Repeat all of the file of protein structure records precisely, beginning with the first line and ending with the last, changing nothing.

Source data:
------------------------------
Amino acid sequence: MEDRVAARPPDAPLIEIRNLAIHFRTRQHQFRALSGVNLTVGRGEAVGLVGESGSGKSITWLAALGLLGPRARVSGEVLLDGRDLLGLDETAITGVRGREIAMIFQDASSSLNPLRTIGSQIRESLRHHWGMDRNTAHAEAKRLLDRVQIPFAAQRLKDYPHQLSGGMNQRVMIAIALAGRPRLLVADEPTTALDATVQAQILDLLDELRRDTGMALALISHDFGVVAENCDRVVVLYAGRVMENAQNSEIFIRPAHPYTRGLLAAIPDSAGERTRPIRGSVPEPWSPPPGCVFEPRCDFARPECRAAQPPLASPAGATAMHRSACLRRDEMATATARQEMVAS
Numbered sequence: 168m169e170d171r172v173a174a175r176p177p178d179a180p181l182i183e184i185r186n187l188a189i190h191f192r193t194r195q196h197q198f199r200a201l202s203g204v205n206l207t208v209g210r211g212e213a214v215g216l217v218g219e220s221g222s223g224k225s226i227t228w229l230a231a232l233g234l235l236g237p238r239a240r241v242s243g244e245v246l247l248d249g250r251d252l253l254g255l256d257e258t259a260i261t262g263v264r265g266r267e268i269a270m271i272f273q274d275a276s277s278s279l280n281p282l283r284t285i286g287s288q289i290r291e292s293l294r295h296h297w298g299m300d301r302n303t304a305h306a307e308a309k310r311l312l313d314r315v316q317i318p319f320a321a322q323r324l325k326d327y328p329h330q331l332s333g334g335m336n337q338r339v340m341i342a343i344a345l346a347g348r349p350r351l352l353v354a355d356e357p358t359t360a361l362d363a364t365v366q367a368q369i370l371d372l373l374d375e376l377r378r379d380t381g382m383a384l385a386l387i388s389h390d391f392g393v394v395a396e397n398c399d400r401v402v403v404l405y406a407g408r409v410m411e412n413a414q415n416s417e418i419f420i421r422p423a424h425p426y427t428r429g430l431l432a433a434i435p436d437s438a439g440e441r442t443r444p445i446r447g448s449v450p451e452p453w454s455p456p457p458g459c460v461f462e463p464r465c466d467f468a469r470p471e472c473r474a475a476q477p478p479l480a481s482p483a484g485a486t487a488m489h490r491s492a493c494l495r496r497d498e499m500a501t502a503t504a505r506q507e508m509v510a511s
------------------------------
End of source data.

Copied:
Amino acid sequence: MEDRVAARPPDAPLIEIRNLAIHFRTRQHQFRALSGVNLTVGRGEAVGLVGESGSGKSITWLAALGLLGPRARVSGEVLLDGRDLLGLDETAITGVRGREIAMIFQDASSSLNPLRTIGSQIRESLRHHWGMDRNTAHAEAKRLLDRVQIPFAAQRLKDYPHQLSGGMNQRVMIAIALAGRPRLLVADEPTTALDATVQAQILDLLDELRRDTGMALALISHDFGVVAENCDRVVVLYAGRVMENAQNSEIFIRPAHPYTRGLLAAIPDSAGERTRPIRGSVPEPWSPPPGCVFEPRCDFARPECRAAQPPLASPAGATAMHRSACLRRDEMATATARQEMVAS
Numbered sequence: 168m169e170d171r172v173a174a175r176p177p178d179a180p181l182i183e184i185r186n187l188a189i190h191f192r193t194r195q196h197q198f199r200a201l202s203g204v205n206l207t208v209g210r211g212e213a214v215g216l217v218g219e220s221g222s223g224k225s226i227t228w229l230a231a232l233g234l235l236g237p238r239a240r241v242s243g244e245v246l247l248d249g250r251d252l253l254g255l256d257e258t259a260i261t262g263v264r265g266r267e268i269a270m271i272f273q274d275a276s277s278s279l280n281p282l283r284t285i286g287s288q289i290r291e292s293l294r295h296h297w298g299m300d301r302n303t304a305h306a307e308a309k310r311l312l313d314r315v316q317i318p319f320a321a322q323r324l325k326d327y328p329h330q331l332s333g334g335m336n337q338r339v340m341i342a343i344a345l346a347g348r349p350r351l352l353v354a355d356e357p358t359t360a361l362d363a364t365v366q367a368q369i370l371d372l373l374d375e376l377r378r379d380t381g382m383a384l385a386l387i388s389h390d391f392g393v394v395a396e397n398c399d400r401v402v403v404l405y406a407g408r409v410m411e412n413a414q415n416s417e418i419f420i421r422p423a424h425p426y427t428r429g430l431l432a433a434i435p436d437s438a439g440e441r442t443r444p445i446r447g448s449v450p451e452p453w454s455p456p457p458g459c460v461f462e463p464r465c466d467f468a469r470p471e472c473r474a475a476q477p478p479l480a481s482p483a484g485a486t487a488m489h490r491s492a493c494l495r496r497d498e499m500a501t502a503t504a505r506q507e508m509v510a511s